Did I mention Cardiff?

No.

Well, the last time I was in Cardiff, it was also in the company of the Bullet, and it was in May 2006. On that occasion, however, we were at the Millennium Stadium to win the European Rugby Cup. Jesus, how the mighty are fallen. This time, it was to watch Cardiff play Sunderland, Roy Keane’s team. Now, I have to tell you a little bit about the gang I was with. To a man, they are dyed-in-the-wool, muck-savage country-boys who never played anything but hurling and rugby. None of them had ever been at a soccer match in their lives, and therefore it was a little embarrassing to note the police paddy-wagons lined up beside the stadium. They’re all looking at me because they’ve decided I’m the soccer expert.

Me? I say. Do you really believe that supporting Scunthorpe makes me an expert?

No, they say, but at least you’ve been to a game. And then they gesture towards the paddy-wagons. What’s the story, Boss?

I can understand their perplexity. Last night, we were mixed in with the Llanelli people, shaking hands and laughing. (Well, maybe not exactly laughing, but you know – that sort of thing). Today, we have a phalanx of riot police separating the supporters. This aspect of soccer I will never understand.

I shrug. Keep the heads down and the mouths shut.

They all frown and nod.

We enter the ground two hours early and get stuck into their beer, their hot-dogs, their chips, their pie-things and more of their beer. We enter the ground and we sit down (being seated). The match kicks off and it is truly shite, as many games often are, but then, without warning, a commanding figure emerges from his dug-out. A man among men. A mighty human being, a true king of sporting kings. Who is that man in black? That’s Montgomery Clift Roy Keane, Honey!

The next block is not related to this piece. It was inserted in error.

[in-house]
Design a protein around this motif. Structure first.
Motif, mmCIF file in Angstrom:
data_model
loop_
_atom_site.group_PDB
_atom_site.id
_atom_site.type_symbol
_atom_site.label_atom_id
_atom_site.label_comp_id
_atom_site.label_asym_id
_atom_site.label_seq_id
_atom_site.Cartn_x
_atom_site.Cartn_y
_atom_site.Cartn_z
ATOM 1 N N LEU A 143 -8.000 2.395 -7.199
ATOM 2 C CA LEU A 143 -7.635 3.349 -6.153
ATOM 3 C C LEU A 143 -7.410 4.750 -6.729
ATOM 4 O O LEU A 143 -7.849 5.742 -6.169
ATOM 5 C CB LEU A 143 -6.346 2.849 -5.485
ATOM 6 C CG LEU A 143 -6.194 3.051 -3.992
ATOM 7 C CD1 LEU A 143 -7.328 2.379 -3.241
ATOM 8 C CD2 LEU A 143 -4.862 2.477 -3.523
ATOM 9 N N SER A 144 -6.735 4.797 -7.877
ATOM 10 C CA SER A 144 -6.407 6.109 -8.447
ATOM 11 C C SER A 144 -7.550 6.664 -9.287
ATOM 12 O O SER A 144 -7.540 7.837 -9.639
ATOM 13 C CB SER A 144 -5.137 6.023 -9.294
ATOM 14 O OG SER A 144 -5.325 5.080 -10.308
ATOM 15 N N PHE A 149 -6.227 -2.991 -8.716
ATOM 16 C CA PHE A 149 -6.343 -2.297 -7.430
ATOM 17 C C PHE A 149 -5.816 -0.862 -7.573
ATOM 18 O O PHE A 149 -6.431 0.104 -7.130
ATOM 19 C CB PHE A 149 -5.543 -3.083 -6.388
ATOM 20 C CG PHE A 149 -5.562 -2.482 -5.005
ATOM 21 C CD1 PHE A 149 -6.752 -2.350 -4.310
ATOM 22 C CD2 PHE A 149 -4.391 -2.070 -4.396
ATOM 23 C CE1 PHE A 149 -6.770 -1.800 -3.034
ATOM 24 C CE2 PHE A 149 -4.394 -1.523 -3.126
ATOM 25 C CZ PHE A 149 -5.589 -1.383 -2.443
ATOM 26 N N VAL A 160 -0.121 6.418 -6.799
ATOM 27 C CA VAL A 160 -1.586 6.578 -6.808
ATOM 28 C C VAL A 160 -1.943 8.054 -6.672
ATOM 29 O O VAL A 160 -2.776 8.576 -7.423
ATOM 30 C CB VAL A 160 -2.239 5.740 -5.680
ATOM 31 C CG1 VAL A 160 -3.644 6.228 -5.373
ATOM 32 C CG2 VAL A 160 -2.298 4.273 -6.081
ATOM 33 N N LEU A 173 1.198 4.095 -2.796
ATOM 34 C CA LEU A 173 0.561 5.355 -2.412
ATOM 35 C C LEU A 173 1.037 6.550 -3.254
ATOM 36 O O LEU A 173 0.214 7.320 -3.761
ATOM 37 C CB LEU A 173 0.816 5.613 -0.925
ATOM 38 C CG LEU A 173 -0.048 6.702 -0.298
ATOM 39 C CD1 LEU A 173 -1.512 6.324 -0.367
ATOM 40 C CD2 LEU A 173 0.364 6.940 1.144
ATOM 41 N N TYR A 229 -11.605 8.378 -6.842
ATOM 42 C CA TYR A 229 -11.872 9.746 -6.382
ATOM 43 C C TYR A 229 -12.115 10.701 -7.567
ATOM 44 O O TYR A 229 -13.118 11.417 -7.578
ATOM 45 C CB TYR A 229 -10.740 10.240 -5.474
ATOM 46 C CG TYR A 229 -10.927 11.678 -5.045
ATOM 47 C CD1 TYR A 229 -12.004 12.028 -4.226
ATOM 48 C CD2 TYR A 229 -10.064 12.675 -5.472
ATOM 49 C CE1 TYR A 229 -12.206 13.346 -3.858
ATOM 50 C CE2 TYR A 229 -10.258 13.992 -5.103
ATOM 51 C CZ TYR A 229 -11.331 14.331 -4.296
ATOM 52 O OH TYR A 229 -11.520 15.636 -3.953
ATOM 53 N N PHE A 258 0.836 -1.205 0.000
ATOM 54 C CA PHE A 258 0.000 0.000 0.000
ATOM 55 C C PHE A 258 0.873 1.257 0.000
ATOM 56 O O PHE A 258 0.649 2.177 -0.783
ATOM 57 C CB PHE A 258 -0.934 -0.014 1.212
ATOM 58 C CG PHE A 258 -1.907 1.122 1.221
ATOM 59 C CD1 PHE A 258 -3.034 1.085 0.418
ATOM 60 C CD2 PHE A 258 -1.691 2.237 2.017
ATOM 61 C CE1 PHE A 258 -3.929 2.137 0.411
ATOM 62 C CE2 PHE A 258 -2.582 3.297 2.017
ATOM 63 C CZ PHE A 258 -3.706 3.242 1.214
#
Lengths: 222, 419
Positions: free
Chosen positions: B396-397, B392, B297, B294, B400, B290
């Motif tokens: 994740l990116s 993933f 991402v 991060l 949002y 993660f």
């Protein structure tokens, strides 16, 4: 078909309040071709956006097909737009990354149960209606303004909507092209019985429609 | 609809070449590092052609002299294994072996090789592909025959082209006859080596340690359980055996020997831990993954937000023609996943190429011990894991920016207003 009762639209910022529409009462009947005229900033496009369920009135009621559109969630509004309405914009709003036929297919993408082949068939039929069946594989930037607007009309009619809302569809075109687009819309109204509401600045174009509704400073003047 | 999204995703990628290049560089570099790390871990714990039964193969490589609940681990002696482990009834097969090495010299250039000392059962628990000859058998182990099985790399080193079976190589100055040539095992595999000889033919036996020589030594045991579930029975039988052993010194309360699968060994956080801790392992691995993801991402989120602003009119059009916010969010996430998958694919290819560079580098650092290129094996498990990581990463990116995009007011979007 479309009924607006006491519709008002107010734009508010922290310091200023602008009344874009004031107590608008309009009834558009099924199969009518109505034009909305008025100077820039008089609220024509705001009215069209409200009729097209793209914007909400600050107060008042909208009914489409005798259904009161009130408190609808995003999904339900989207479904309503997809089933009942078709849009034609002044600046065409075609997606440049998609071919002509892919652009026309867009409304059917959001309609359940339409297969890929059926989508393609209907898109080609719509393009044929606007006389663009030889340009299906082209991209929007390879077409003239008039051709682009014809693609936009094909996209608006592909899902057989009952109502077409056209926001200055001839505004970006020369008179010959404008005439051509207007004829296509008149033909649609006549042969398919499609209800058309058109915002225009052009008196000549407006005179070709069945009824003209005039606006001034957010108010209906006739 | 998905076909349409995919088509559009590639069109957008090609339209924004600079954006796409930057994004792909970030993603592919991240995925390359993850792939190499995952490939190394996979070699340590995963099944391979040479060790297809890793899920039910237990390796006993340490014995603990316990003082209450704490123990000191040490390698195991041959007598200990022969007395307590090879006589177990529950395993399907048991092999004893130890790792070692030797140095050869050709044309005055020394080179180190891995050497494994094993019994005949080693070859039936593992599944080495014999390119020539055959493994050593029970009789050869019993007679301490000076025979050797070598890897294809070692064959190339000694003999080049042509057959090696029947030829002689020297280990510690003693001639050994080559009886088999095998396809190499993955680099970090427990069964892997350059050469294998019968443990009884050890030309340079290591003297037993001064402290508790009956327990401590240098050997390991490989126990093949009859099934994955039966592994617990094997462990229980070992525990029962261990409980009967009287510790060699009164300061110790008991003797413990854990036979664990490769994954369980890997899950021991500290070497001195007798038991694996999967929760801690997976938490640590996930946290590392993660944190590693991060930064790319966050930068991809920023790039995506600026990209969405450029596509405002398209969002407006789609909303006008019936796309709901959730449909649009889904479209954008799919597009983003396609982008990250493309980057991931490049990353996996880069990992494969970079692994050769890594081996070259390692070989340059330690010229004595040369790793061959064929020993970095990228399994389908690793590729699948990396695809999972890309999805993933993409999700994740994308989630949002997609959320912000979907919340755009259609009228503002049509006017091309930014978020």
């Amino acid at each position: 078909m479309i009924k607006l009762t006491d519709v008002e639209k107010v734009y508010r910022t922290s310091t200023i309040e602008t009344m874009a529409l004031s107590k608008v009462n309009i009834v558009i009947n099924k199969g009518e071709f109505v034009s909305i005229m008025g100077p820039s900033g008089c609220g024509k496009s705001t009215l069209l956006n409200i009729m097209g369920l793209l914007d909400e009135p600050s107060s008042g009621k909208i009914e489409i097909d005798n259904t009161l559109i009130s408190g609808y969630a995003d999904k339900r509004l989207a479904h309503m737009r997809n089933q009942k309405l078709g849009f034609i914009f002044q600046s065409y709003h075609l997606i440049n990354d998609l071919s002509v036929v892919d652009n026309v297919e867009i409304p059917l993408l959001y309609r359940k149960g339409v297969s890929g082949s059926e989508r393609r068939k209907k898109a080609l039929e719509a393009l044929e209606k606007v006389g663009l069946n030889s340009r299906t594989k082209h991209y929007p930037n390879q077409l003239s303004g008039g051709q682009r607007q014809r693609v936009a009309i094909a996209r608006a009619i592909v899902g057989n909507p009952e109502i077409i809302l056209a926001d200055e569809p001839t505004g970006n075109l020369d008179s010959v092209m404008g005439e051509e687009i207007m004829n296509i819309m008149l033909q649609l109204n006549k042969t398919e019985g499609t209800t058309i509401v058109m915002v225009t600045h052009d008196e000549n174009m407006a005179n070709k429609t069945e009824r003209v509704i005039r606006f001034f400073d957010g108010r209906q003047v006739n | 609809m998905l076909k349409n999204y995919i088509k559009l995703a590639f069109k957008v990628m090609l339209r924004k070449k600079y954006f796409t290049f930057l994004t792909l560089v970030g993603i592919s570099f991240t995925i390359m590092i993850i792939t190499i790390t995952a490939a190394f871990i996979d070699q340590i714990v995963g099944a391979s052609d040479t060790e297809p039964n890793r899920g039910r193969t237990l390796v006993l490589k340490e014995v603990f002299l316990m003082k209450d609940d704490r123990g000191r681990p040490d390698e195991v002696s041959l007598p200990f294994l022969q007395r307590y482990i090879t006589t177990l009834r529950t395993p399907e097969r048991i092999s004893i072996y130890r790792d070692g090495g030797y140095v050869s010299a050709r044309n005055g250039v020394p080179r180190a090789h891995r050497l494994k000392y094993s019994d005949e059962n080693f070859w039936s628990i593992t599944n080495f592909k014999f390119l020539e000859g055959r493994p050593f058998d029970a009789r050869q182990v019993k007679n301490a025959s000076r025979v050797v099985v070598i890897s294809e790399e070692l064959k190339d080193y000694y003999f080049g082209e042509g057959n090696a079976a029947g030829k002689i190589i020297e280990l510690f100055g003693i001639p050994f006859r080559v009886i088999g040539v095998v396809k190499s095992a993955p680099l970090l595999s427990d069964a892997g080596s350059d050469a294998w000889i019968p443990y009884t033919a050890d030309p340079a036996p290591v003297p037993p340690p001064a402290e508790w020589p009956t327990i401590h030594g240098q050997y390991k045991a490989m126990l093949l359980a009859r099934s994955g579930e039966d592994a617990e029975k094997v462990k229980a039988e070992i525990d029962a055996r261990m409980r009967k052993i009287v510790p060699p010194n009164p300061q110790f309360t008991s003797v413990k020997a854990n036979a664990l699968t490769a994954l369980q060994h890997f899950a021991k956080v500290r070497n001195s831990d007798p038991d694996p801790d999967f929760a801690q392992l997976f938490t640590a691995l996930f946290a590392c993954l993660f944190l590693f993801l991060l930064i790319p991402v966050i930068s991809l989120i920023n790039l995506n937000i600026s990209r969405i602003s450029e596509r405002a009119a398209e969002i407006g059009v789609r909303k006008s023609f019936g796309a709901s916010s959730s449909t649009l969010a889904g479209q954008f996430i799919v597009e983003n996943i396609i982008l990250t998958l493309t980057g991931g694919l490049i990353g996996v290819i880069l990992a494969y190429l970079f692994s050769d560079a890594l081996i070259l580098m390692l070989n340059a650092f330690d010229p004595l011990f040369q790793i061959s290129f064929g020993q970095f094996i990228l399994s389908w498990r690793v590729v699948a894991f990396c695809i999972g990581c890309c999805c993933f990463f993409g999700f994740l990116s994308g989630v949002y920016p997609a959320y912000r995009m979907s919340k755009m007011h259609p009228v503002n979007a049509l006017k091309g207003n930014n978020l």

Bestriding the world like a Colossus.

Great, says Dickler, and swings his camera into position, a very nice Canon EOS and tripod. Quick as a flash, a squat lady with a specially-coloured steward’s jacket approaches. This is an important jacket. Better than the other stewards. They only have yellow, but this jacket has blue patches on the shoulders and a bit that says Team Leader. Oh dear Jesus, spare us from Team Leaders.

You can’t use that camera.

Why not?

It’s a professional camera. You can’t use it.

It’s an ordinary camera.

No. It’s professional.

What’s professional about it?

It just is.

This woman’s experience of cameras clearly involves buying a disposable for a week in Marbella. In this Team Leader’s world, any other kind of camera must be professional. In this Team Leader’s experience, there’s nothing like a bit of power. This Team Leader is not to be denied. Fuck it, we all think, what a life. You’re such a sad individual that this is your world: you get to direct people at a football match and then you go home to your four obese children and your Dutch-Gold-addicted husband. Why wouldn’t you enjoy a few minutes power? Suddenly, we’re all consumed by righteous anger. Jesus, Dickler, let the poor woman alone, for fucksake!

Dickler cringes and and puts away the camera.

And that’s why we didn’t get a shot of Roy.

We go on to experience the most painful 105 minutes I have ever known. A display of pure boredom such as I have never experienced at the worst soccer match I have seen since the age of five. Karma. The four muck-savage rugby players declare to a man Never again, Boss.

And we all fuck off, back to the Hotel Bland, for more mescaline, Bourbon Whiskey and brown acid.

Til next year, then. Did I mention we got stuffed?